Tarsus Group Ends 2011 with Record Revenue, Profitability
U.K.-based Tarsus Group recently released its 2011 full-year trading update, with not only 8-percent growth in revenue, but also the company’s board expects adjusted pre-tax profits for the year ending Dec. 31 to be in line with its expectations.
“The year ended well, resulting in record revenue and profitability,” said Douglas Emslie, Tarsus Group managing director.
He added, “Cash flow was strong, with net debt halving.”
Highlights for 2011 in the company’s U.S. division include the February and August editions of the Off-Price Shows in Las Vegas both performing well, with revenues up 10 percent and 6 percent, respectively.
The company attributes the shows’ success in part to the continued inclusion of more footwear and accessories products on the showfloor.
Also in 2011, Tarsus Group’s Medical division saw strong growth, with revenues increasing by approximately 20 percent. The growth primarily was driven by the division’s education programs, including those now delivered online.
The final event of the year and the largest in the sector - the 19th Annual World Congress on Anti-Aging and Aesthetic Medicine (A4M) held in December in Las Vegas - was a record event, with revenues up 11 percent.
Emslie said of events coming up this year, “We have one significant event in the first quarter of 2012 – the Off-Price Show in Las Vegas. Current indications are that it will produce revenues ahead of the equivalent event in 2011.”
Tarsus Group’s biennial Labelexpo Americas, part of a series of worldwide Labelexpo-branded events, also is on tap in September in Chicago.
“We are encouraged by the momentum of our U.S. Medical business, Off-Price events and Labelexpo Americas, but remain vigilant, given the second-half weighting of our profits and the ongoing macro uncertainty in Europe,” Emslie said.
Labelexpo Europe, the group's second largest exhibition, took place in September in Brussels and drew increased revenues of 14 percent, compared with the 2009 event, and record attendance, with an increase of 18 percent.
As a result of this strong performance, there were rebookings of 81 percent for the 2013 exhibition.
With continued uncertainty in some of the European markets, Tarsus Group sold off Paris-based Modamont in December, reducing its exposure to struggling markets. Less than 10 percent of group profits are expected to be generated from France in the future.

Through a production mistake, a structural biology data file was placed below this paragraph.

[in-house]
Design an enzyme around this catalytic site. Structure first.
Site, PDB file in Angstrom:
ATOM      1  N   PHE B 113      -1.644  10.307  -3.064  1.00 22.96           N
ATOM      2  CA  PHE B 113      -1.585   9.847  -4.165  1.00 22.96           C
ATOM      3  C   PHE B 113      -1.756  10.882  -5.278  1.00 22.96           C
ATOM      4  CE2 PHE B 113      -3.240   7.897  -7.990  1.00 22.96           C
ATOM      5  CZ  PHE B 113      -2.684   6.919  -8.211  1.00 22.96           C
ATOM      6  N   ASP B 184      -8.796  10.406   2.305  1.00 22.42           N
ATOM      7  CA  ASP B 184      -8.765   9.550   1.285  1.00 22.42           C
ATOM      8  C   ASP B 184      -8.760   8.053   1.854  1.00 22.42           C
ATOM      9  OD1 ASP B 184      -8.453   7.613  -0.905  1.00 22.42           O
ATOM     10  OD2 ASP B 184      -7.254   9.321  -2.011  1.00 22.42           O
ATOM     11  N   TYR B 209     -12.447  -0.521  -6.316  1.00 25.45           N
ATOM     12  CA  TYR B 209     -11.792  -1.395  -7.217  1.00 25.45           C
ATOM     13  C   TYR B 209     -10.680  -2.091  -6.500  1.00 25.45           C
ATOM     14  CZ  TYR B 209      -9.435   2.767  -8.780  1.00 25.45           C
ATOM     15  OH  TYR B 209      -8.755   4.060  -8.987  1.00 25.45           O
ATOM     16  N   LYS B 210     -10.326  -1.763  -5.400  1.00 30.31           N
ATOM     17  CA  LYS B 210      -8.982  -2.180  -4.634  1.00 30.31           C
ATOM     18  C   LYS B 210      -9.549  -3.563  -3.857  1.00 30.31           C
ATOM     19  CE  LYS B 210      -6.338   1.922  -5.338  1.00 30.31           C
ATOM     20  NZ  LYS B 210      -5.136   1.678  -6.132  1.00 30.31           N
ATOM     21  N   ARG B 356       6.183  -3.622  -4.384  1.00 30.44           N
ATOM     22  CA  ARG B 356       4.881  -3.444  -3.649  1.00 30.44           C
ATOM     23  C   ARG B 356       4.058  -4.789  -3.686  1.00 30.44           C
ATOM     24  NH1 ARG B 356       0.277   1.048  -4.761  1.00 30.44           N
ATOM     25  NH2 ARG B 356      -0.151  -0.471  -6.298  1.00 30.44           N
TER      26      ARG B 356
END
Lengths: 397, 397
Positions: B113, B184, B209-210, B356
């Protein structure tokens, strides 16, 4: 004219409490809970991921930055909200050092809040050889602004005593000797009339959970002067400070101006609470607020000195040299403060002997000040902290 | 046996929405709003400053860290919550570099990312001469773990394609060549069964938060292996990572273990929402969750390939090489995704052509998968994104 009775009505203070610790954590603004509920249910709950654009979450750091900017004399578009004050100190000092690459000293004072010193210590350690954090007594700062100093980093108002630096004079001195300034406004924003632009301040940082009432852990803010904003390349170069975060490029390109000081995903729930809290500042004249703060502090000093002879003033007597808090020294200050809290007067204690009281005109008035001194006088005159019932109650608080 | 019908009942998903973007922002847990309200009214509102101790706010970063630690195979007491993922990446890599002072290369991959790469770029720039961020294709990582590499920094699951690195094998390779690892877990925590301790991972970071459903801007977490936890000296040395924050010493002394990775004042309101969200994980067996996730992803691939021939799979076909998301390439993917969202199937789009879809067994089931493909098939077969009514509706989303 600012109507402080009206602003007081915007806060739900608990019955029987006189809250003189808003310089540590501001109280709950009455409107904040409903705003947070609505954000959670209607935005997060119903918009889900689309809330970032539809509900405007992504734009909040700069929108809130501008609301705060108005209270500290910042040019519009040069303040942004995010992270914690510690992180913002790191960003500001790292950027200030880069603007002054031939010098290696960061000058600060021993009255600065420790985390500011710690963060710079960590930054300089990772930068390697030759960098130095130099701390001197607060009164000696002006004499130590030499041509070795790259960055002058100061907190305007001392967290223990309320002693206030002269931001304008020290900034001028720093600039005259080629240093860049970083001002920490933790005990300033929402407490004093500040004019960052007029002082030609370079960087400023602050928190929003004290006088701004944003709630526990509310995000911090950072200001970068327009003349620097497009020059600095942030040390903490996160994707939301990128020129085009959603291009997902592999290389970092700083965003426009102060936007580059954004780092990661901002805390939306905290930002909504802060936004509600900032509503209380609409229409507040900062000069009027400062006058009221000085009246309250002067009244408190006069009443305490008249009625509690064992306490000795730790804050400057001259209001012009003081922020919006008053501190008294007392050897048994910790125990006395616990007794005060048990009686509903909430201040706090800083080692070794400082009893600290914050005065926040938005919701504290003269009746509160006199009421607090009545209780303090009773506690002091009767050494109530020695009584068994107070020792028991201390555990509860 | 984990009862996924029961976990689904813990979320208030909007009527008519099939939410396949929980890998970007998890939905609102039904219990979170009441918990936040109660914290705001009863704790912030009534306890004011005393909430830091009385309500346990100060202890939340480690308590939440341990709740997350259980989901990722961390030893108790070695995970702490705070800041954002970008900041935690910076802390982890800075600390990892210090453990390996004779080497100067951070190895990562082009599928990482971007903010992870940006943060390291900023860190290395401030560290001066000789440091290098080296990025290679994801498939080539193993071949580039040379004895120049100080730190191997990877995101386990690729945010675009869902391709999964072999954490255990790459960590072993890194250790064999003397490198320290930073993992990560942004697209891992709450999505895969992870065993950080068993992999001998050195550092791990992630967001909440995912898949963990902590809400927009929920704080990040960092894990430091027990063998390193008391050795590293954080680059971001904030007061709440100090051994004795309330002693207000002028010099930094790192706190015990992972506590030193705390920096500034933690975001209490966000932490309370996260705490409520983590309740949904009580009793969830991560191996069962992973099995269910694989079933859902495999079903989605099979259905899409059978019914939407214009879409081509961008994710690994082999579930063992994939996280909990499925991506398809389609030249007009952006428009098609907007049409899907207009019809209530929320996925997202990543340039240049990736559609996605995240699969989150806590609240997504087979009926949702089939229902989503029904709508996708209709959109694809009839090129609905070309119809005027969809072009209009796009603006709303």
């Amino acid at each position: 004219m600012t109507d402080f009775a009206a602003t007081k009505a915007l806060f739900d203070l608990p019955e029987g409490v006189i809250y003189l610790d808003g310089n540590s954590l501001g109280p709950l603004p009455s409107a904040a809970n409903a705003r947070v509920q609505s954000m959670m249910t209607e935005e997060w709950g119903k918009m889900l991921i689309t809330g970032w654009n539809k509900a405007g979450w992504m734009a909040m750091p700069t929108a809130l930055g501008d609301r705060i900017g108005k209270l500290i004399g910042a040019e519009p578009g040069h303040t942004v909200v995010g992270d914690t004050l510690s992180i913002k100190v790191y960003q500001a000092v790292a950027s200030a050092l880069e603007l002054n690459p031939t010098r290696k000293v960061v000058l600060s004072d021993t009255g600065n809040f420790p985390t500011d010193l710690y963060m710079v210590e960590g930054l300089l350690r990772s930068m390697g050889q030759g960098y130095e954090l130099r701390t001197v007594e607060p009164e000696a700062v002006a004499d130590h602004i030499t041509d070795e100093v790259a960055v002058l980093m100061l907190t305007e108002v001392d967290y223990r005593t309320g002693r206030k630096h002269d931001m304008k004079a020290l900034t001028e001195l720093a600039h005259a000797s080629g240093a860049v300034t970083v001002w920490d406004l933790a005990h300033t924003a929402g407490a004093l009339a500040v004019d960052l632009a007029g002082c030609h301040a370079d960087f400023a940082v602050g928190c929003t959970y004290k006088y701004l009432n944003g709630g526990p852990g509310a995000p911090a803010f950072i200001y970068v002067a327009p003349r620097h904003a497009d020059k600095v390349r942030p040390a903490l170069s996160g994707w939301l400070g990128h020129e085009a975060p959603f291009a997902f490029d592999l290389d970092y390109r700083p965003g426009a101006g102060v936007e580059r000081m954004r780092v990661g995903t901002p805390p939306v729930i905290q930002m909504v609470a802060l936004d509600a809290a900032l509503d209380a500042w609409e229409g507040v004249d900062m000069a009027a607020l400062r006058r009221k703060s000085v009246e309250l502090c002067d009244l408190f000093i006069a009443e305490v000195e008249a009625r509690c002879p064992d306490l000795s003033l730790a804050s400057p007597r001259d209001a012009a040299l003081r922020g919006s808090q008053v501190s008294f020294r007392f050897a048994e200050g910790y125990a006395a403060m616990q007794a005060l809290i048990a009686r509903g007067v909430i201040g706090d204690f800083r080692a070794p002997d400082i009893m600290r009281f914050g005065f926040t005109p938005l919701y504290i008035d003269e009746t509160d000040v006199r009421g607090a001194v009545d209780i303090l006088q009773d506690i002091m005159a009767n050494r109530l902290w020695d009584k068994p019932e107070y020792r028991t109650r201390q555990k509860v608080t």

Tarsus France will continue to focus on its remaining wholly owned portfolio of exhibitions, according to Tarsus officials.
For 2011, revenues in France were down 4 percent. In the last quarter, trading in the French division was in line with Tarsus’ board expectations, with Educatec growing both its revenues and visitors.
Tarsus Group’s Middle and Far East markets continued their growth streaks, with 2011 first-half events in Dubai, GESS (educational equipment) and Gulf Print & Pack, both performing well, and the Dubai Airshow, held in November, delivering a record performance, with revenues up 3 percent and visitors up 7 percent.
Hope, Tarsus’ Chinese joint venture, delivered a record performance in 2011, with revenues up 25 percent, and Labelexpo Asia, which took place in late November in Shanghai, saw revenues and visitors increase by 41 percent and 9 percent, respectively.
In June, Tarsus completed the acquisition of 75 percent of IFO (Istanbul Fair Organization) in Turkey, in line with the company’s long-term strategy of increasing the proportion of business derived from emerging markets (Project 50/13 - whereby 50 percent of group revenue will be sourced from emerging markets by 2013).
The first Sign Istanbul exhibition under Tarsus’ ownership took place in early December, and revenues were up 28 percent, compared with the previous edition.
“The momentum we are building across the Middle and Far Eastern markets augurs well for 2013 when our two large biennial events recur,” Emslie said.
Tarsus Group expects to announce its final results for the year ended Dec. 31 during the week of March 5.
Until recently, the opportunity to have a celebrity attend an event, attach themselves to a name-brand or endorse a certain product or idea was untouchable. The thought of paying a person to promote a product was seen as something only Fortune 500 companies could afford. Social media has changed all that with brands and businesses utilizing celebrity influencers to connect directly with their demographics and increase sales and profits.